Punk's not dead - RIP Vivienne Westwood
RIP Vivienne Westwood!
What a month it's been in the world of punk. Not only does January mark the birthdays of punk legend and pioneers, John Lydon and Malcolm McLaren (RIP) but we lost our beloved Dame Vivienne Westwood, reigning queen of punk fashion since the '70s. We here at Goldsmith Vintage are huge fans of the punk movement and it's enduring fashion legacy which would not exist without either of these three legendary characters. So let's take a brief look back at their inspiring contribution to British music culture and fashion. And don't forget to check out our staff's favourite punk picks at the end!
Dame Vivienne Isabel Westwood (8/04/1941 – 29/12/2022) was a British businesswoman and clothing designer who first came to light in the mid-seventies. She was a major contributor to the birth of the punk and new wave movements and along with Malcolm McLaren (22/01/1946 – 8/04/2010) was a huge influence in introducing these new and radical styles into popular culture.
Westwood and her partner McLaren exploded onto the scene when she created garments for SEX, the punk boutique that they ran together on the King's Road, their visionary designs shaping the punk scene during the 1970s. Westwood was quoted as saying, "I was messianic about punk, seeing if one could put a spoke in the system in some way". The store became a regular hot spot for members of the burgeoning punk scene which led to the couple having a unique capacity to amalgamate their clothing with new and exciting forms of music. This phenomena played a large part in the creation of the Sex Pistols, the punk band fronted by the nihilistic Johnny Rotten (real name John Lydon) that McLaren managed. The pioneering and politically charged group wore Westwood and McLaren's designs and virtually single-handedly changed the face of music forever. Rotten was viewed as a figurehead of the punk movement and due to their controversial lyrics and general disrepute they are, to this day, seen as one of the more scandalous and influential bands of all time.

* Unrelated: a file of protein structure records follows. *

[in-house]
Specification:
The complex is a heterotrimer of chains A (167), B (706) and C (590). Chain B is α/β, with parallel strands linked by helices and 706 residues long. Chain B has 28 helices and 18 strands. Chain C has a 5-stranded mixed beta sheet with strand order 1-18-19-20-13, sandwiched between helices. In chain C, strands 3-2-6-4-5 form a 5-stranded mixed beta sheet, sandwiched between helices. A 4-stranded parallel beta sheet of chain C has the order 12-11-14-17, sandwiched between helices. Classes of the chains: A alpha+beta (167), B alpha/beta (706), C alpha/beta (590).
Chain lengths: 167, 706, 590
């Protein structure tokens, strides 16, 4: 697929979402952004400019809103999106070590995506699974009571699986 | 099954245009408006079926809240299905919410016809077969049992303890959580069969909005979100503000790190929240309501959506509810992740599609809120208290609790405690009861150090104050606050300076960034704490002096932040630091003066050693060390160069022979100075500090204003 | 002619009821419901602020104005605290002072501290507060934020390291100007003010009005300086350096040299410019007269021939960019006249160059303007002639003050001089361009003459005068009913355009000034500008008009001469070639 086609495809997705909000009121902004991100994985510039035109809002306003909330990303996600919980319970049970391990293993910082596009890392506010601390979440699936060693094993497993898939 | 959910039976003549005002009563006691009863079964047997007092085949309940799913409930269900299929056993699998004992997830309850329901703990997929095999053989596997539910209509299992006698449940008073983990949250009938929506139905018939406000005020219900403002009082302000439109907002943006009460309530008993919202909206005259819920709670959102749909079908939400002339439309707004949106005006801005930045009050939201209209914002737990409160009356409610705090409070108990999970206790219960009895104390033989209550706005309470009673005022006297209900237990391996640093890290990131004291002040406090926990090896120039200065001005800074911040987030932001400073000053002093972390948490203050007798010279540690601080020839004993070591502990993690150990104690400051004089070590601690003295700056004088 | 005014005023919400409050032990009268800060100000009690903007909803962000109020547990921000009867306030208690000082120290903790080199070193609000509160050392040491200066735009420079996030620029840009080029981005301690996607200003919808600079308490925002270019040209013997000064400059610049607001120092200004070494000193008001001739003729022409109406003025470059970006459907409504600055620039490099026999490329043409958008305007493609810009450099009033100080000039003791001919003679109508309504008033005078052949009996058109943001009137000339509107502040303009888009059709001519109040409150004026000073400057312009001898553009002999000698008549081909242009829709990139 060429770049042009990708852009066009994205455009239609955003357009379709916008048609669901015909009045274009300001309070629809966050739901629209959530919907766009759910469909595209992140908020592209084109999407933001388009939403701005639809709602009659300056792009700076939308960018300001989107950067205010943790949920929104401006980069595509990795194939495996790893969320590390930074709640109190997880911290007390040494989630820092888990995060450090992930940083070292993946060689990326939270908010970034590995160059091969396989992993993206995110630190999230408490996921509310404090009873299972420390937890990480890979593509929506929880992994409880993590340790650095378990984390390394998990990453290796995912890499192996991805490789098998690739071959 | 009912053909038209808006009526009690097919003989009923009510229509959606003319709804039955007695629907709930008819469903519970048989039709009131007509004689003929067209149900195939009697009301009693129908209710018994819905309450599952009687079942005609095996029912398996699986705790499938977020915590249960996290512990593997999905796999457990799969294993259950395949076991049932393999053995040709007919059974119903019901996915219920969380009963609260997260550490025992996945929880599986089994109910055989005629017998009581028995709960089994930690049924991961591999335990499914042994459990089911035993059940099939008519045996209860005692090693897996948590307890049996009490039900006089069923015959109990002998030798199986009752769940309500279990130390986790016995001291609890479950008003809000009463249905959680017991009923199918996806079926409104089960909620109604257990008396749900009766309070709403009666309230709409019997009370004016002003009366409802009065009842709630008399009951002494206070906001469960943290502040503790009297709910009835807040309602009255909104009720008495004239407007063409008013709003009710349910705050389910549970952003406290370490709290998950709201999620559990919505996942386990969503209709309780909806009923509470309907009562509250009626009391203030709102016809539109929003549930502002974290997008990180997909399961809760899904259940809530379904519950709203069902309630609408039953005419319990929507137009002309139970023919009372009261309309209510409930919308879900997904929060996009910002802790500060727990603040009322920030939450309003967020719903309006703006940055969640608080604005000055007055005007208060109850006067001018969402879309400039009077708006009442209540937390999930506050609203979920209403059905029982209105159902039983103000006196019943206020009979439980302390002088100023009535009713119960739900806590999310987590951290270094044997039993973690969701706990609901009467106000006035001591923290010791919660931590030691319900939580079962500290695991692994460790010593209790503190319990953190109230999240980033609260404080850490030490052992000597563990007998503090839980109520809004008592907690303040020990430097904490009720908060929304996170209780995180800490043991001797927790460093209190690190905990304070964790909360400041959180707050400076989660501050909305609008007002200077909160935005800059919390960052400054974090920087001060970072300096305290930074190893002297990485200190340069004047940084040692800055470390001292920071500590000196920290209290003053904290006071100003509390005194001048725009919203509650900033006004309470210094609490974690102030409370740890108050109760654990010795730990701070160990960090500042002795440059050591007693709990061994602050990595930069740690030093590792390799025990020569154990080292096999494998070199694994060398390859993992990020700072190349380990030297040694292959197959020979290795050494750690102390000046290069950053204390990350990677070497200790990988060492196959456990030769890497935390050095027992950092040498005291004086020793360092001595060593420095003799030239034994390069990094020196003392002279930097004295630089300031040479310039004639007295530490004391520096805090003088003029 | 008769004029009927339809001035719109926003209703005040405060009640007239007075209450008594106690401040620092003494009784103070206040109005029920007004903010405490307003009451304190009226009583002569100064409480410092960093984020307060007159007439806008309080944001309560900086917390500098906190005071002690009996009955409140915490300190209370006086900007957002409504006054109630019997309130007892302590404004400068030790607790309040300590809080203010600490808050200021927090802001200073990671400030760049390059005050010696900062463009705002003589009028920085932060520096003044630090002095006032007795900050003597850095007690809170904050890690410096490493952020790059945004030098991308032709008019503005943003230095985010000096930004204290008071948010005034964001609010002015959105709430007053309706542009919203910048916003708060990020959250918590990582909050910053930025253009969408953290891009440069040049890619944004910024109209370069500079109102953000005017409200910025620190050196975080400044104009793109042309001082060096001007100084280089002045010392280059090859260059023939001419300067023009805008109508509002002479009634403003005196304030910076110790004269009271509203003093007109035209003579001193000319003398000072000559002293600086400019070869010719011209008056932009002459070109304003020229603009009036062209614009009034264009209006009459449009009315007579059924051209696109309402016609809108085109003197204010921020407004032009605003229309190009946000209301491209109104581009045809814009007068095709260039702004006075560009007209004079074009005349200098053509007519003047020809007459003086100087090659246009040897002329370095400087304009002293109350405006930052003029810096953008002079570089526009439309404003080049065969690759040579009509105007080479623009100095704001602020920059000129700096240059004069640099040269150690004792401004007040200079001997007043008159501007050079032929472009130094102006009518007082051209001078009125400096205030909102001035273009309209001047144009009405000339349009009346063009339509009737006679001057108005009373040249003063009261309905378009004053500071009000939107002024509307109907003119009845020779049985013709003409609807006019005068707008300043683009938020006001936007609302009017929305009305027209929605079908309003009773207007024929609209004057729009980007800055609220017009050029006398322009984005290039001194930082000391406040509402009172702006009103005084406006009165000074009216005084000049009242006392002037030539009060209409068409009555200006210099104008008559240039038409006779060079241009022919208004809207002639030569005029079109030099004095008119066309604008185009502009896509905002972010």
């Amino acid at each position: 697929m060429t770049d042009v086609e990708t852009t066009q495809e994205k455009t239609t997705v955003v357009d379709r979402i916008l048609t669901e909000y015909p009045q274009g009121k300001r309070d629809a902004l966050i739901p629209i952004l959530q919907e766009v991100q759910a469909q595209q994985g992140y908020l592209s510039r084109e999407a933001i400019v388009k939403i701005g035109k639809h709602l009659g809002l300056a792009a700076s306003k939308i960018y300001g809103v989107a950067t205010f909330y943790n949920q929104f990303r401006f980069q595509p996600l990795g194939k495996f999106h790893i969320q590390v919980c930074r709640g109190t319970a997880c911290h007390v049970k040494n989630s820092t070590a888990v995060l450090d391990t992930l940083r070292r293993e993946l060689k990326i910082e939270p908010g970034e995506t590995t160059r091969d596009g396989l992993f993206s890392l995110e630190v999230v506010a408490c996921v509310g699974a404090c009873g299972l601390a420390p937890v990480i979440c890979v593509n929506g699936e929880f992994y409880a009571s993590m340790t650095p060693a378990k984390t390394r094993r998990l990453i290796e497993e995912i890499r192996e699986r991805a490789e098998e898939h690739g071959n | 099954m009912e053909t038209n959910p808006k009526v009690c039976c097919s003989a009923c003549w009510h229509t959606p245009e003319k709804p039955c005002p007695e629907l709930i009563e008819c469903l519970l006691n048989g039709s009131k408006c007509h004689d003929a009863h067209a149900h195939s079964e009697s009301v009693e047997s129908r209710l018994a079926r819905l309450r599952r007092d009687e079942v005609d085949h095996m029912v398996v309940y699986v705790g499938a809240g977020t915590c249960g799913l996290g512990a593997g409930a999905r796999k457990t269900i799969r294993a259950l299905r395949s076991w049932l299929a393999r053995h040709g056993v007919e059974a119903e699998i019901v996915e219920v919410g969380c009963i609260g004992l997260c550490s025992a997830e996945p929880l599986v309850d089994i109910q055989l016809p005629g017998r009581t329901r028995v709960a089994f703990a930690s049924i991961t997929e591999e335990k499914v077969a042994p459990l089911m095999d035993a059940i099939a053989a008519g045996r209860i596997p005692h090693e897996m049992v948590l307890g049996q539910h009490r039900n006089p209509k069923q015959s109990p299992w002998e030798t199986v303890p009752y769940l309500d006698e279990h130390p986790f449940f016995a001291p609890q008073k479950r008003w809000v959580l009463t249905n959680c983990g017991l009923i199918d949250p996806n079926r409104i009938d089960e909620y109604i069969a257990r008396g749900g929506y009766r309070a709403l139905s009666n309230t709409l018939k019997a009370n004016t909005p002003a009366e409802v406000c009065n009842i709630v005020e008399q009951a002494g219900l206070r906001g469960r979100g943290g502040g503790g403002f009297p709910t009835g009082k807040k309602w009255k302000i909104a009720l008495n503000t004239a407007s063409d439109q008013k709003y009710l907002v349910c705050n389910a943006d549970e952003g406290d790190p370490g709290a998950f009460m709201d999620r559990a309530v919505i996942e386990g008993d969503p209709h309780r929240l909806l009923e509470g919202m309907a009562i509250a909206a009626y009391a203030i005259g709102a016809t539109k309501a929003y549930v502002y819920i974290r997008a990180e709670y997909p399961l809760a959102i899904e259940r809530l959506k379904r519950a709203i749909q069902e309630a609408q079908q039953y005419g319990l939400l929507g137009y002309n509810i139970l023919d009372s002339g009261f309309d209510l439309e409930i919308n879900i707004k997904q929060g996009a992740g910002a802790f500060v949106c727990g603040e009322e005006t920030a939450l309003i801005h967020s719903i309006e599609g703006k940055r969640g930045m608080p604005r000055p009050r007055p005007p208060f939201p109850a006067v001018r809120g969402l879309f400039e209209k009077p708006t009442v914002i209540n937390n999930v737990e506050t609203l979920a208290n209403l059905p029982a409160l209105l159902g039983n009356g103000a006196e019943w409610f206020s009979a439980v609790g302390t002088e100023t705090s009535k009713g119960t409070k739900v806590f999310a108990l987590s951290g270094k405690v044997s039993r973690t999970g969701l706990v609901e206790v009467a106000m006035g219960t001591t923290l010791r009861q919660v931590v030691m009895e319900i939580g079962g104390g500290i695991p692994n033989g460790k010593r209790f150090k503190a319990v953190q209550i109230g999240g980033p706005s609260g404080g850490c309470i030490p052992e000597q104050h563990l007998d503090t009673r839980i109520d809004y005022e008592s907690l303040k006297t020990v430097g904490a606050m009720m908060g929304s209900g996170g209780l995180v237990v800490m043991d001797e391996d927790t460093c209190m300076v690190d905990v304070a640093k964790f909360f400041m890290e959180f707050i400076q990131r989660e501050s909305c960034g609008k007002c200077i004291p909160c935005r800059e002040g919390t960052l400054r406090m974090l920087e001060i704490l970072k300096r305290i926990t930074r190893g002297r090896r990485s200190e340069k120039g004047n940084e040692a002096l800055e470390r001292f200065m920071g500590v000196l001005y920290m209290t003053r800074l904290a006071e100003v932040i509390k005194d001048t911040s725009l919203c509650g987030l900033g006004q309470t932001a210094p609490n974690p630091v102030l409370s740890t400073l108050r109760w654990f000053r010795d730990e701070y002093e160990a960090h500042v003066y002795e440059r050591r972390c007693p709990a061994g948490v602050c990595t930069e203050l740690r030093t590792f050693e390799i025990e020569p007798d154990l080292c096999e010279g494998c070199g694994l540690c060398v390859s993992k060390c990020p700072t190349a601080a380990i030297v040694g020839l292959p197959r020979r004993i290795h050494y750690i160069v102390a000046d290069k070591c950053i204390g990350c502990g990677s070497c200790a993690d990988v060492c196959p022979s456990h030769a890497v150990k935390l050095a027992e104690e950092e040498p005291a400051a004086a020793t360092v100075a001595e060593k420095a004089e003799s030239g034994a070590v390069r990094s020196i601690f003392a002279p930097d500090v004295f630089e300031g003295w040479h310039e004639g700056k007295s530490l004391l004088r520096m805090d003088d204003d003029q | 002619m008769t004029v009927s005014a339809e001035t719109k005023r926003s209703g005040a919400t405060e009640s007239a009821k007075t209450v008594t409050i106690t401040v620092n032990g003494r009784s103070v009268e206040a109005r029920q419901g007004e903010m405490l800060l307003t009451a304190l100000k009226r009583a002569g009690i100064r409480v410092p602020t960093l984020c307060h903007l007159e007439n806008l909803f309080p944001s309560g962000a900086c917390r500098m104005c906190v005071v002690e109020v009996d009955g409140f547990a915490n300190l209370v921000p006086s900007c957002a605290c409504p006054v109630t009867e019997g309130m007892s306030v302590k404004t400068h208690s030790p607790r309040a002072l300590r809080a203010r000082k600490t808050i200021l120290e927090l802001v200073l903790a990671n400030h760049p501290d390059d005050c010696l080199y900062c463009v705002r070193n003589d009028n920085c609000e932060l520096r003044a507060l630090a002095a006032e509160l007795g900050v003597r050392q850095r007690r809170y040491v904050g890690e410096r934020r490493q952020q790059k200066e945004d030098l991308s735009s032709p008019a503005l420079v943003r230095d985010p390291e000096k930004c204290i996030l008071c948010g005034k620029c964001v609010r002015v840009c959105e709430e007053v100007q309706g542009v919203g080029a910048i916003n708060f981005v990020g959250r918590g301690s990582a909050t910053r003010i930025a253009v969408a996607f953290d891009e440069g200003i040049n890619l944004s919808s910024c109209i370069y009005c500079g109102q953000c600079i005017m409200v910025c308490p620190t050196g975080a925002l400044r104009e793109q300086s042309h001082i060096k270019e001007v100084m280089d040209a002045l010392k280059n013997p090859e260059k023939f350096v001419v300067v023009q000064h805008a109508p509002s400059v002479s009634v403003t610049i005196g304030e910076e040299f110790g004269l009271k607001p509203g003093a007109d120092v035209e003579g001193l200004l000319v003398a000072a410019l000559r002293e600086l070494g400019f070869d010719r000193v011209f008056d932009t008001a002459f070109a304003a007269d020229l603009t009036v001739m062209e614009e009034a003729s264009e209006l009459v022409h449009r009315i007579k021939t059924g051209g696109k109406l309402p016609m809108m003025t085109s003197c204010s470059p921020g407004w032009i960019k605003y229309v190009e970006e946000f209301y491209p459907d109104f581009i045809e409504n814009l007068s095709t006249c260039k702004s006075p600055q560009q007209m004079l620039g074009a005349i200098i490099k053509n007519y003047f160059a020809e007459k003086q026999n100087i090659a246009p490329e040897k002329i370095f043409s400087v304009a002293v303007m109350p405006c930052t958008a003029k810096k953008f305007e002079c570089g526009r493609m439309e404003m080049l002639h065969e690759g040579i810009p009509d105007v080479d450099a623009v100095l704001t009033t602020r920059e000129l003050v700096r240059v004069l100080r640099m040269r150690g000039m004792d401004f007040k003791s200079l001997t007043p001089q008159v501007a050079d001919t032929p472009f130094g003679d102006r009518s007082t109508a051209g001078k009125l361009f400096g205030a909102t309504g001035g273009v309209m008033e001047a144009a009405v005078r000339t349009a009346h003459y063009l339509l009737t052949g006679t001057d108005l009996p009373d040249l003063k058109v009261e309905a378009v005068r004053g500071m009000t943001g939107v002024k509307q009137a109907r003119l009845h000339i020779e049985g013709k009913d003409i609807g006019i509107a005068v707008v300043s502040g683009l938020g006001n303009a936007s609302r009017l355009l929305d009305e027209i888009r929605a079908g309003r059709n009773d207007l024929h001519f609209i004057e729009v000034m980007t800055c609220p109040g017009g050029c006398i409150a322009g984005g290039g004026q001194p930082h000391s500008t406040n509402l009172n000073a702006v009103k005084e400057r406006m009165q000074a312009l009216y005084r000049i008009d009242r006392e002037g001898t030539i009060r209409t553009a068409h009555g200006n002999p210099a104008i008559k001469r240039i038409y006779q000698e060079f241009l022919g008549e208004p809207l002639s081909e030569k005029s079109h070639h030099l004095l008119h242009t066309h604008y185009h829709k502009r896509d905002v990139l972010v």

Westwood's designs were also a big inspiration for many other punk icons, namely Viv Albertine. She wrote in her memoir, "Vivienne and Malcolm use clothes to shock, irritate and provoke a reaction but also to inspire change. Mohair jumpers, knitted on big needles, so loosely that you can see all the way through them, T-shirts slashed and written on by hand, seams and labels on the outside, showing the construction of the piece; these attitudes are reflected in the music we make. It's OK to not be perfect, to show the workings of your life and your mind in your songs and your clothes."
Westwood went on to open four stores across London, eventually expanding throughout Britain and eventually the world. Her shops carried a huge range of merchandise, a lot of which were inspired by and promoted awareness for her political causes such as climate change, the Campaign for Nuclear Disarmament and civil rights groups.
Staff Punk Picks!
Black Ramones Vest
Acid-Wash Studded Denim Waistcoat
Red Tartan Short Skirt
Red Tartan Long Skirt
Black Tahari Leather Trousers
Acid-Wash Cut-Off Denim Shorts
Acid-Wash Studded Denim Shorts
Studded Two-Tone Distressed Denim Shorts
Studded Distressed Raw Hem Shorts
Green Day Black T-Shirt